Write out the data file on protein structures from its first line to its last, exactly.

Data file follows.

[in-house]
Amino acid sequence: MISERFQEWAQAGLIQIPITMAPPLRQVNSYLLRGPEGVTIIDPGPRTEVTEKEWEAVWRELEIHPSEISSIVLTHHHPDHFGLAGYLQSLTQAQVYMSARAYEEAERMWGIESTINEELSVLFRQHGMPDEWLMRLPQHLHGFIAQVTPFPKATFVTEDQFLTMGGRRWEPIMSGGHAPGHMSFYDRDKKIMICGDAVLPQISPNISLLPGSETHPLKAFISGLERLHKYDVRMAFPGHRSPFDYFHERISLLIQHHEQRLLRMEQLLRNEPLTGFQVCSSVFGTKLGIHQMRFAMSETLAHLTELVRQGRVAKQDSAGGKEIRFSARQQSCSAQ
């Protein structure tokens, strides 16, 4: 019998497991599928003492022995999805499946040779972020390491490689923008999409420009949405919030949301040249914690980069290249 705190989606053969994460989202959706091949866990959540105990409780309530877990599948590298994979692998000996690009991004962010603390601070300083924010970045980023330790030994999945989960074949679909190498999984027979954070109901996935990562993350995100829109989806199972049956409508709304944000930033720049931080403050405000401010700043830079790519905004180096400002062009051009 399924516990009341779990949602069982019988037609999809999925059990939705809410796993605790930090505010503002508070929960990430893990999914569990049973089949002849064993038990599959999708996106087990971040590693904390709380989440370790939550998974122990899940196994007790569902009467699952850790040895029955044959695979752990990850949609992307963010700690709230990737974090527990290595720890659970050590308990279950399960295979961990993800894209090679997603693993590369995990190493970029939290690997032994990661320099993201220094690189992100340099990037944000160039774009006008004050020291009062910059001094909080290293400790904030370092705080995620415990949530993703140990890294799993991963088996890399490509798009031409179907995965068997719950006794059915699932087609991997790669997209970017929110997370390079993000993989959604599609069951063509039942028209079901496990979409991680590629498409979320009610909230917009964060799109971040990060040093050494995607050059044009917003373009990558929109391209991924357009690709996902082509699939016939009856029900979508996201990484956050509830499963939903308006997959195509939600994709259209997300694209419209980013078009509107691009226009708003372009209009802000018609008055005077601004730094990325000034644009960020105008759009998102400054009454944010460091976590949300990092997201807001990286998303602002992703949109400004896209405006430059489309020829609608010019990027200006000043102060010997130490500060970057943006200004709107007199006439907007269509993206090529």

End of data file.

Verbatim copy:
[in-house]
Amino acid sequence: MISERFQEWAQAGLIQIPITMAPPLRQVNSYLLRGPEGVTIIDPGPRTEVTEKEWEAVWRELEIHPSEISSIVLTHHHPDHFGLAGYLQSLTQAQVYMSARAYEEAERMWGIESTINEELSVLFRQHGMPDEWLMRLPQHLHGFIAQVTPFPKATFVTEDQFLTMGGRRWEPIMSGGHAPGHMSFYDRDKKIMICGDAVLPQISPNISLLPGSETHPLKAFISGLERLHKYDVRMAFPGHRSPFDYFHERISLLIQHHEQRLLRMEQLLRNEPLTGFQVCSSVFGTKLGIHQMRFAMSETLAHLTELVRQGRVAKQDSAGGKEIRFSARQQSCSAQ
């Protein structure tokens, strides 16, 4: 019998497991599928003492022995999805499946040779972020390491490689923008999409420009949405919030949301040249914690980069290249 705190989606053969994460989202959706091949866990959540105990409780309530877990599948590298994979692998000996690009991004962010603390601070300083924010970045980023330790030994999945989960074949679909190498999984027979954070109901996935990562993350995100829109989806199972049956409508709304944000930033720049931080403050405000401010700043830079790519905004180096400002062009051009 399924516990009341779990949602069982019988037609999809999925059990939705809410796993605790930090505010503002508070929960990430893990999914569990049973089949002849064993038990599959999708996106087990971040590693904390709380989440370790939550998974122990899940196994007790569902009467699952850790040895029955044959695979752990990850949609992307963010700690709230990737974090527990290595720890659970050590308990279950399960295979961990993800894209090679997603693993590369995990190493970029939290690997032994990661320099993201220094690189992100340099990037944000160039774009006008004050020291009062910059001094909080290293400790904030370092705080995620415990949530993703140990890294799993991963088996890399490509798009031409179907995965068997719950006794059915699932087609991997790669997209970017929110997370390079993000993989959604599609069951063509039942028209079901496990979409991680590629498409979320009610909230917009964060799109971040990060040093050494995607050059044009917003373009990558929109391209991924357009690709996902082509699939016939009856029900979508996201990484956050509830499963939903308006997959195509939600994709259209997300694209419209980013078009509107691009226009708003372009209009802000018609008055005077601004730094990325000034644009960020105008759009998102400054009454944010460091976590949300990092997201807001990286998303602002992703949109400004896209405006430059489309020829609608010019990027200006000043102060010997130490500060970057943006200004709107007199006439907007269509993206090529």